From wives, like Winston Churchill from his Clementine, the Duke of Windsor from Wallis Simpson (pre-marriage) and Napoleon Bonaparte from wife Josephine; from mistresses, like Francois Mitterrand from Anne Pingeot, John F Kennedy from Judy Exner (inter many alia’s including Marilyn Monroe) and from mothers like Nancy Lincoln, the mother of Abraham Lincoln, , or from all three.

So to a penetrating insight; if there were no women, men would be terrible leaders and everything would just fall apart.

So why don’t more women get to be leaders? Pressure to have kids, and a global conspiracy by men, both conscious and often unconscious. Religion plays a major part, as we see with the awful position of women generally in the Islamic world. But the Catholic Church has contributed in no small measure as we see with the way in which the Catholic Church has prevented nuns from contributing fully to its work and mission and essentially treating them as second-class members of the church.

Educating men in leadership is usually not effective, partly because they are often too rigid or narcissistic, and often because their own biology gets in the way. There is now an extensive literature on the impacts of cortisol and testosterone in men on risk taking and especially in contributing to financial volatility. No wonder that most men take the wisest course and rely on women for their leadership education.

But how can a man reduce the effect of testosterone when he’s looking for a wife (or just plain sex?). Is it possible that men are generally poor leaders by deliberate natural design?

Maybe we need to give men doses of the hormones that seem to make women naturally good leaders. These hormones are oxytocin, estrogen and progesterone. Maybe there’s a way to do it without men getting breasts and suchlike. Otherwise men are doomed to have to learn from women in order to get to be ok instead of terrible alphas.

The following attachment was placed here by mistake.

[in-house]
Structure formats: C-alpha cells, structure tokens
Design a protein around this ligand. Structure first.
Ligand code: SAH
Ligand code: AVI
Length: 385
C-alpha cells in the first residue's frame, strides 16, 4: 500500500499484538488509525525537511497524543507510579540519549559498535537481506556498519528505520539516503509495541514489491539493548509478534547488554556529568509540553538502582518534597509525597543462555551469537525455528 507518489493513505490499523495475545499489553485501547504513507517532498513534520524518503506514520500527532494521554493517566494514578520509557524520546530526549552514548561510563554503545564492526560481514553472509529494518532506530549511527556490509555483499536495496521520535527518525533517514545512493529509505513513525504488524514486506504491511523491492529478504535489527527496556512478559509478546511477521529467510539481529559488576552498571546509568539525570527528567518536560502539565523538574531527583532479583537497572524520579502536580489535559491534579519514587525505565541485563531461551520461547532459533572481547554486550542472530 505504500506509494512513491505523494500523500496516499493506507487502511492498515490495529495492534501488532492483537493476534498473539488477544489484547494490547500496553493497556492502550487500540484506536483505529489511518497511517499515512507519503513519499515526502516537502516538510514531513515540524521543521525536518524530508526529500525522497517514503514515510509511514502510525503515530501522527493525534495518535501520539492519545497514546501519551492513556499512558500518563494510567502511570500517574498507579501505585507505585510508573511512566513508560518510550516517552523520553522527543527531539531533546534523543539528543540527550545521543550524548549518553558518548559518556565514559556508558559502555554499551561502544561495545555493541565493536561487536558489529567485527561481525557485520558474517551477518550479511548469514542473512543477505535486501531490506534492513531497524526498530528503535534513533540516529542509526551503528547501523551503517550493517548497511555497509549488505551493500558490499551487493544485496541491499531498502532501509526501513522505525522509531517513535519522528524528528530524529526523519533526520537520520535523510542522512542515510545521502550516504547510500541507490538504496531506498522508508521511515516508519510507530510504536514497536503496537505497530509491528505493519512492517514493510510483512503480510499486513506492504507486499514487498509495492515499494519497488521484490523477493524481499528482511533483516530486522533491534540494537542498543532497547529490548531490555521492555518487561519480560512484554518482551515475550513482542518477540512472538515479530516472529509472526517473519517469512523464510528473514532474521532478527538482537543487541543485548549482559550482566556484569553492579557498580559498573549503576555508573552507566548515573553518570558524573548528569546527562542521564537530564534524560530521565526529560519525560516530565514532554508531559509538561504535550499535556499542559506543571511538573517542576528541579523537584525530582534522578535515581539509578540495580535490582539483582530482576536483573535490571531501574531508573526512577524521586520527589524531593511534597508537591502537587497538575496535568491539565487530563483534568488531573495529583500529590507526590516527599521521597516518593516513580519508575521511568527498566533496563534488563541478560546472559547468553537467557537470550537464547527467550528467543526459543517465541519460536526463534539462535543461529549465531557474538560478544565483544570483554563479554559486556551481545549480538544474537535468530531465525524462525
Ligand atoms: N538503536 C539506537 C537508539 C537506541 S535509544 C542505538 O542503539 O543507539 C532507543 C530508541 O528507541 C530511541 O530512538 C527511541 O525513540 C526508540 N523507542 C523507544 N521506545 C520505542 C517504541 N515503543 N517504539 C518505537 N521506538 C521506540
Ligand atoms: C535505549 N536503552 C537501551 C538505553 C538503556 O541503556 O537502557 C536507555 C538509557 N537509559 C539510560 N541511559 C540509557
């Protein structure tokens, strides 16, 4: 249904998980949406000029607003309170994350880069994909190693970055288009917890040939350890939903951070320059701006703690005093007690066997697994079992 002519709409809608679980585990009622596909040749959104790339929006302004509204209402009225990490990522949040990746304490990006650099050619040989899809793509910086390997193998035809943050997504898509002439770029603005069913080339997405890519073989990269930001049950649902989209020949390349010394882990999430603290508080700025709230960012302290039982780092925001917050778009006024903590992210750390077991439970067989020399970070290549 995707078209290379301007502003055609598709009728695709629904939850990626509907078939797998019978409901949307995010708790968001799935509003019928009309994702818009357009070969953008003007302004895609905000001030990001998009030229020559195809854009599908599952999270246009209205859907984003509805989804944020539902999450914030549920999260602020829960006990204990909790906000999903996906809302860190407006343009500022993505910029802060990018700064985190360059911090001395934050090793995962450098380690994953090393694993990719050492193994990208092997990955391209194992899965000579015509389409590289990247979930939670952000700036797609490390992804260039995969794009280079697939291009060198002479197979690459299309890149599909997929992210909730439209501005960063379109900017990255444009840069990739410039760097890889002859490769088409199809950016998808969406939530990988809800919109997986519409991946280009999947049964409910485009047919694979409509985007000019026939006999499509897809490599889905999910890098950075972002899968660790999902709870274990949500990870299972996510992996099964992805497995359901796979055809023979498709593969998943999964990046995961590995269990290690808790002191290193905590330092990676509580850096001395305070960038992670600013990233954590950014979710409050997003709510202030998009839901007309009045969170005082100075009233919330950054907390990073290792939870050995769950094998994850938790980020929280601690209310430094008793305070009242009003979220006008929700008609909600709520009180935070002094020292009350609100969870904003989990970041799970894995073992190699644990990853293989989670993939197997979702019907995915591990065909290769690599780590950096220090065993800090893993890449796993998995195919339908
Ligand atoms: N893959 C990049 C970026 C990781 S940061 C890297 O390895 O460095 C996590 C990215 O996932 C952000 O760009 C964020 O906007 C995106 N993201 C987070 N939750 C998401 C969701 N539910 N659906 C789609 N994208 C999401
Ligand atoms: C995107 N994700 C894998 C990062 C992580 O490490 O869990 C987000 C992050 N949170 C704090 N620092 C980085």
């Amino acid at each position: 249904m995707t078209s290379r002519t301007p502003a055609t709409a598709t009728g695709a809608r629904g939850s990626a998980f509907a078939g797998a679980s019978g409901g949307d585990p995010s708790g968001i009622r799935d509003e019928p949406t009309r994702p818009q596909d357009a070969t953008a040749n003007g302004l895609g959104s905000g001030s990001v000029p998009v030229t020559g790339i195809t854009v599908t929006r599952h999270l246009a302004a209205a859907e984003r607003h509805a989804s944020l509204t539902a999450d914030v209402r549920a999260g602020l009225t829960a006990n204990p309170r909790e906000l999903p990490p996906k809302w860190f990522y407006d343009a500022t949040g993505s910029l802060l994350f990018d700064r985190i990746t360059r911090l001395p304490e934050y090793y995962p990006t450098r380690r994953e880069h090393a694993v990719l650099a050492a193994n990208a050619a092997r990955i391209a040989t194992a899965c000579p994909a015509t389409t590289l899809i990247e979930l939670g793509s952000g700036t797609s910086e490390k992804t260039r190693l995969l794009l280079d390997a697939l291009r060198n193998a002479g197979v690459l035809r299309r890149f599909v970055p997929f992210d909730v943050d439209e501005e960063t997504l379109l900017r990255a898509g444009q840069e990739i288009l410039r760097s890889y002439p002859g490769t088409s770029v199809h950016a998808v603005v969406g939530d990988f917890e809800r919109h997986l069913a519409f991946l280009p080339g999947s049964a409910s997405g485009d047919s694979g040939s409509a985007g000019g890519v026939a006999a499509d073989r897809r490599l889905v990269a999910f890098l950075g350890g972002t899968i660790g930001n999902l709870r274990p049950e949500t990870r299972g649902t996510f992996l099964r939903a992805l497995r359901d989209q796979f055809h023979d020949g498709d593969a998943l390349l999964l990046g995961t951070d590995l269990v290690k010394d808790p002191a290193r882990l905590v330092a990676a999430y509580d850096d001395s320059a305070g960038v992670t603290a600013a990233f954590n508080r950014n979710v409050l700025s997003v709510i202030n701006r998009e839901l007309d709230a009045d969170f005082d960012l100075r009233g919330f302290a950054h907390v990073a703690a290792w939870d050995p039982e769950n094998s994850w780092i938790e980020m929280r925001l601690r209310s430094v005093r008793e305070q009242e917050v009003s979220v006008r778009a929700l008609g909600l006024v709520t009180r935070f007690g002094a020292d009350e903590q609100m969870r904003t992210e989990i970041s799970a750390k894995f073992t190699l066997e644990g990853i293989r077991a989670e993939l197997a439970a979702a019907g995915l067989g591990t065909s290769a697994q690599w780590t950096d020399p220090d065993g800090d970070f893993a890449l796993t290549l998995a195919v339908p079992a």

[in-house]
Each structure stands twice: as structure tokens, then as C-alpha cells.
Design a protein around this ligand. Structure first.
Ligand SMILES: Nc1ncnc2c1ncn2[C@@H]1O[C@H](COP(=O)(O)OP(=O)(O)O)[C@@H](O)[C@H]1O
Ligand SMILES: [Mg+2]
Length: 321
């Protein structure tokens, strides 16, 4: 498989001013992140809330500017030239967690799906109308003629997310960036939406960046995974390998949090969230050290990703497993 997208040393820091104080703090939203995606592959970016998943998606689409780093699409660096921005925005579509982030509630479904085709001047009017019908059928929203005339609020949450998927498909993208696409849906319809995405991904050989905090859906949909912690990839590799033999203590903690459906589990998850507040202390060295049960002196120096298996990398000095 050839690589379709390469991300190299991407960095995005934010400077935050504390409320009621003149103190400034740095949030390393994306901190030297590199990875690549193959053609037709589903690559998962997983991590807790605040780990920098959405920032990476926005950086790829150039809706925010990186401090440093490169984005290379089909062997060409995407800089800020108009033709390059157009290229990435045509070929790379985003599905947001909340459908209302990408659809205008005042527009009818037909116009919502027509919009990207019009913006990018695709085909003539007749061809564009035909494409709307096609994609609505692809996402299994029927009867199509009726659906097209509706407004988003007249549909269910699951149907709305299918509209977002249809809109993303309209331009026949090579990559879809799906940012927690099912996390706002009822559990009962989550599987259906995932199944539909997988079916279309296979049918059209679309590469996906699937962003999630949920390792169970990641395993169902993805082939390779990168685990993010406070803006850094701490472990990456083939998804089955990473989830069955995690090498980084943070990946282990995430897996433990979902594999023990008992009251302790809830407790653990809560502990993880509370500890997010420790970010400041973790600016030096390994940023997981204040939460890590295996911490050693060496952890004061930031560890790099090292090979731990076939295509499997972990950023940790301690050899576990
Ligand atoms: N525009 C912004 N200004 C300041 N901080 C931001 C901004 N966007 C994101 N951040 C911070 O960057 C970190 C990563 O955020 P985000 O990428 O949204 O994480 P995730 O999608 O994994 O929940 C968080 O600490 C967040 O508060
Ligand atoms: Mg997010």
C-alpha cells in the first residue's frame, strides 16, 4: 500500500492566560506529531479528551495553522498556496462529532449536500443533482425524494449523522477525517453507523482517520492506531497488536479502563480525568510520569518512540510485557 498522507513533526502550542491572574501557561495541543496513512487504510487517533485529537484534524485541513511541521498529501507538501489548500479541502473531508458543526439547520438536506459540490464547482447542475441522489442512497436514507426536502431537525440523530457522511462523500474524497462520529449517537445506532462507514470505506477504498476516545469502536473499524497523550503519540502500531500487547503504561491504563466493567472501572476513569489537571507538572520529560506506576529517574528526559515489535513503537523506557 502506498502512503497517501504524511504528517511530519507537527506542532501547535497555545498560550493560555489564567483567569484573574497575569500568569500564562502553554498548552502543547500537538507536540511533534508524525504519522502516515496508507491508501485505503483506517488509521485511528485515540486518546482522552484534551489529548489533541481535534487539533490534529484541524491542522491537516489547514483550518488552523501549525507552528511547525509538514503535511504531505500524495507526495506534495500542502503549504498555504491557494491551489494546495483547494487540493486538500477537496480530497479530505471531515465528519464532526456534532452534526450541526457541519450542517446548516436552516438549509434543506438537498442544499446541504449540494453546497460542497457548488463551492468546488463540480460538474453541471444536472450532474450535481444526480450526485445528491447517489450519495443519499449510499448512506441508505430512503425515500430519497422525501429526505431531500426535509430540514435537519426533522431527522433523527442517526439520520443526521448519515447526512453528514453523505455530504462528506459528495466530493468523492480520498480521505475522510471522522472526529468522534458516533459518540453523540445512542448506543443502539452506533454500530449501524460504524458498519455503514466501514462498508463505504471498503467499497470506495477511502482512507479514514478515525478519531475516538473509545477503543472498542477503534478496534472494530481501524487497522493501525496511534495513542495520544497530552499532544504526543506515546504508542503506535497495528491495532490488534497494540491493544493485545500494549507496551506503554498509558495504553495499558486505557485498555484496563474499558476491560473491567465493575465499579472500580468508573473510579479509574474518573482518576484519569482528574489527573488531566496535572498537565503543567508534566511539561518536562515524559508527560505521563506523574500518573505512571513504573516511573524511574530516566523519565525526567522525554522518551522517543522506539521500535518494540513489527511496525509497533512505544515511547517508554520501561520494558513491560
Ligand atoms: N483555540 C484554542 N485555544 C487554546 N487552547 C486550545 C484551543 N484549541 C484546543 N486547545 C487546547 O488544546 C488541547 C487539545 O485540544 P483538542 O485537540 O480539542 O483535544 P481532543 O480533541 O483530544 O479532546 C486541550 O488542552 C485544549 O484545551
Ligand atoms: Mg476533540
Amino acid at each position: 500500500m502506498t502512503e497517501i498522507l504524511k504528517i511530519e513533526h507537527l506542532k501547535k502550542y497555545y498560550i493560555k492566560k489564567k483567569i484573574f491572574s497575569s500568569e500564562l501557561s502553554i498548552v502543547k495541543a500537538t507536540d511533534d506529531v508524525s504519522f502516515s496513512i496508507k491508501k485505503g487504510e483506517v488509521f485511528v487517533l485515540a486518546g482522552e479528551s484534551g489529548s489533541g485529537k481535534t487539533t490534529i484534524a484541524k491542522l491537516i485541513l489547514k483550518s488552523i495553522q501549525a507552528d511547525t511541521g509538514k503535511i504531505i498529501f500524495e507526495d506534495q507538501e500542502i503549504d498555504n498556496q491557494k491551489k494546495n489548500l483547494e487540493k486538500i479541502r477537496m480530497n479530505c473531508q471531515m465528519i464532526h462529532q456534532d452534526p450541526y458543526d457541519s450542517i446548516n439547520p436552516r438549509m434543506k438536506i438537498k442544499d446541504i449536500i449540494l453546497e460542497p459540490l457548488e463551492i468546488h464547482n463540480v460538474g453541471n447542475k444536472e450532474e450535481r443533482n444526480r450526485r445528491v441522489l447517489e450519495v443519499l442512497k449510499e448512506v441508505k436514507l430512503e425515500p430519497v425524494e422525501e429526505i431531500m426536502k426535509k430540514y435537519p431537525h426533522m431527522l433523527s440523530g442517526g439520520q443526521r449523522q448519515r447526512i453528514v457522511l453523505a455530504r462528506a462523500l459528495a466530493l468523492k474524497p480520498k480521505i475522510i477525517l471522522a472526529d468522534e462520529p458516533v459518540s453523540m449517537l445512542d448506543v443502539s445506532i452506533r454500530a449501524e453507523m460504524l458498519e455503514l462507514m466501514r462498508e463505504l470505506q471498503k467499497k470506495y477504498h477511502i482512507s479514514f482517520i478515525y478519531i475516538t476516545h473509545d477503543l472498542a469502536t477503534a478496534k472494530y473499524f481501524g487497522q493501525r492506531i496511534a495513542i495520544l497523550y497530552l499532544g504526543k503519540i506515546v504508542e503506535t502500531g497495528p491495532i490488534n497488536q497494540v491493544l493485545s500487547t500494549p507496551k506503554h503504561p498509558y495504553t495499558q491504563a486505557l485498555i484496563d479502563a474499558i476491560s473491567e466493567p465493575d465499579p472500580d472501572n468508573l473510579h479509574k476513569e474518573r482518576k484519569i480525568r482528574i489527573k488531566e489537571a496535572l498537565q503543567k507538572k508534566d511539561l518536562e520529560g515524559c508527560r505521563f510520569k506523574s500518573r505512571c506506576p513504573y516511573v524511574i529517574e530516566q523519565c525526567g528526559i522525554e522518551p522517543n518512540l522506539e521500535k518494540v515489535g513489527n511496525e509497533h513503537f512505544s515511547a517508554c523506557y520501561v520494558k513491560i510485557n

So does this mean that we should ditch men as leaders and use only women instead? Newpe. As they say, it’s horses for courses.

Sometimes you need a bull-at-a-gate, a high risk gambler or similar. It’s circumstances, not just the difference between peacetime and wartime leaders. But even here you got to be discriminating. Neville Chamberlain was a terrible wartime leader; Margaret Thatcher a wartime leader also (not just with Argentina; check out how she fought the unions and won). And of course, men can also be responsible and mature in their decision-making. But it’s doesn’t come from deep within the genes as it does with women.

Once women get equality, they get ahead better than men. Globally women are now far more educated than men. In developed countries their incomes are slowly approaching men’s’ and for an increasing share, surpassing them. They are gradually picking up points of leadership share although painfully slowly and with men fighting a protracted rearguard action (although the vast majority would deny that).

But the writing is on the wall. In the next generation, women will make up a much higher proportion of leaders and will eventually surpass men’s share.

More importantly, they will be better leaders than men.